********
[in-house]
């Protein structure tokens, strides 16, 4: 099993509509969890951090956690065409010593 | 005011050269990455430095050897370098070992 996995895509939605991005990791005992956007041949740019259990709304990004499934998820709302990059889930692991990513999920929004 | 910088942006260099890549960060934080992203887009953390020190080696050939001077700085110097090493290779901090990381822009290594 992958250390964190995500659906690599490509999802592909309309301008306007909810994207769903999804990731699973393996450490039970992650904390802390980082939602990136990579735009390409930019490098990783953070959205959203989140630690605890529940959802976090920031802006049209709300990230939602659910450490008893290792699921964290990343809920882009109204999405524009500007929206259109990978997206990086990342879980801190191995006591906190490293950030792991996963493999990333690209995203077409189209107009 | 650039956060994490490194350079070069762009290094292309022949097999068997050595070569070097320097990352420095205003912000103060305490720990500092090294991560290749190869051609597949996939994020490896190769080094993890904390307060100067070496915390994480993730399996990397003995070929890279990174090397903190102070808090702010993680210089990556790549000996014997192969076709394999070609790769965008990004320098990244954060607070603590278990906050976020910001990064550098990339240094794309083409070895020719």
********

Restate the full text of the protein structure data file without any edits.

[in-house]
């Protein structure tokens, strides 16, 4: 099993509509969890951090956690065409010593 | 005011050269990455430095050897370098070992 996995895509939605991005990791005992956007041949740019259990709304990004499934998820709302990059889930692991990513999920929004 | 910088942006260099890549960060934080992203887009953390020190080696050939001077700085110097090493290779901090990381822009290594 992958250390964190995500659906690599490509999802592909309309301008306007909810994207769903999804990731699973393996450490039970992650904390802390980082939602990136990579735009390409930019490098990783953070959205959203989140630690605890529940959802976090920031802006049209709300990230939602659910450490008893290792699921964290990343809920882009109204999405524009500007929206259109990978997206990086990342879980801190191995006591906190490293950030792991996963493999990333690209995203077409189209107009 | 650039956060994490490194350079070069762009290094292309022949097999068997050595070569070097320097990352420095205003912000103060305490720990500092090294991560290749190869051609597949996939994020490896190769080094993890904390307060100067070496915390994480993730399996990397003995070929890279990174090397903190102070808090702010993680210089990556790549000996014997192969076709394999070609790769965008990004320098990244954060607070603590278990906050976020910001990064550098990339240094794309083409070895020719």